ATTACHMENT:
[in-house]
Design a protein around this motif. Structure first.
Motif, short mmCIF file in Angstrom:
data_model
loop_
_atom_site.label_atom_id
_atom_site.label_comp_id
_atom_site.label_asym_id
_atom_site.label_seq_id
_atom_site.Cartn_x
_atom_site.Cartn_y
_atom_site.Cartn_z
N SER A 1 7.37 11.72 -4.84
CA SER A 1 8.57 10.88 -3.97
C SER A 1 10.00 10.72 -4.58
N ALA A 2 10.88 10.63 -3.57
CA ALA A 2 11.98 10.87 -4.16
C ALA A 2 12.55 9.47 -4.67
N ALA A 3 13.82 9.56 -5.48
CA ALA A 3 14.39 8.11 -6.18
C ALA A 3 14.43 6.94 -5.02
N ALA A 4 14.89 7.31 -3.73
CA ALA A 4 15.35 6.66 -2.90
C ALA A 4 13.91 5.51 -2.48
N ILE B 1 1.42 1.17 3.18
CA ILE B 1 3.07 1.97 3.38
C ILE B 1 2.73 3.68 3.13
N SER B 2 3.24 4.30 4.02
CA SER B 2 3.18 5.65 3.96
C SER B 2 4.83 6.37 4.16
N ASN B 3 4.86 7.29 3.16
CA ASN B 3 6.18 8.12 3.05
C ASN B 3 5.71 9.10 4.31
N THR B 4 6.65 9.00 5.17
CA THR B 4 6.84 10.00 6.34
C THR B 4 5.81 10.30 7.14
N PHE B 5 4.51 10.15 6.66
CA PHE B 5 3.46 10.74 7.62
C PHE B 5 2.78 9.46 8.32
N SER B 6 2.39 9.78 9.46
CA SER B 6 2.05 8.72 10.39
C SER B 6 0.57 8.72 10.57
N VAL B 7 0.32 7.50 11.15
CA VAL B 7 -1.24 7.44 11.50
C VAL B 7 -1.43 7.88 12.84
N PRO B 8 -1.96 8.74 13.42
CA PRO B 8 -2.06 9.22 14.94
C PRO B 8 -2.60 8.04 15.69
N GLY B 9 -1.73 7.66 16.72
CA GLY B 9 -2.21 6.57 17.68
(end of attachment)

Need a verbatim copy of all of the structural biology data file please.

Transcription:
[in-house]
Design a protein around this motif. Structure first.
Motif, short mmCIF file in Angstrom:
data_model
loop_
_atom_site.label_atom_id
_atom_site.label_comp_id
_atom_site.label_asym_id
_atom_site.label_seq_id
_atom_site.Cartn_x
_atom_site.Cartn_y
_atom_site.Cartn_z
N SER A 1 7.37 11.72 -4.84
CA SER A 1 8.57 10.88 -3.97
C SER A 1 10.00 10.72 -4.58
N ALA A 2 10.88 10.63 -3.57
CA ALA A 2 11.98 10.87 -4.16
C ALA A 2 12.55 9.47 -4.67
N ALA A 3 13.82 9.56 -5.48
CA ALA A 3 14.39 8.11 -6.18
C ALA A 3 14.43 6.94 -5.02
N ALA A 4 14.89 7.31 -3.73
CA ALA A 4 15.35 6.66 -2.90
C ALA A 4 13.91 5.51 -2.48
N ILE B 1 1.42 1.17 3.18
CA ILE B 1 3.07 1.97 3.38
C ILE B 1 2.73 3.68 3.13
N SER B 2 3.24 4.30 4.02
CA SER B 2 3.18 5.65 3.96
C SER B 2 4.83 6.37 4.16
N ASN B 3 4.86 7.29 3.16
CA ASN B 3 6.18 8.12 3.05
C ASN B 3 5.71 9.10 4.31
N THR B 4 6.65 9.00 5.17
CA THR B 4 6.84 10.00 6.34
C THR B 4 5.81 10.30 7.14
N PHE B 5 4.51 10.15 6.66
CA PHE B 5 3.46 10.74 7.62
C PHE B 5 2.78 9.46 8.32
N SER B 6 2.39 9.78 9.46
CA SER B 6 2.05 8.72 10.39
C SER B 6 0.57 8.72 10.57
N VAL B 7 0.32 7.50 11.15
CA VAL B 7 -1.24 7.44 11.50
C VAL B 7 -1.43 7.88 12.84
N PRO B 8 -1.96 8.74 13.42
CA PRO B 8 -2.06 9.22 14.94
C PRO B 8 -2.60 8.04 15.69
N GLY B 9 -1.73 7.66 16.72
CA GLY B 9 -2.21 6.57 17.68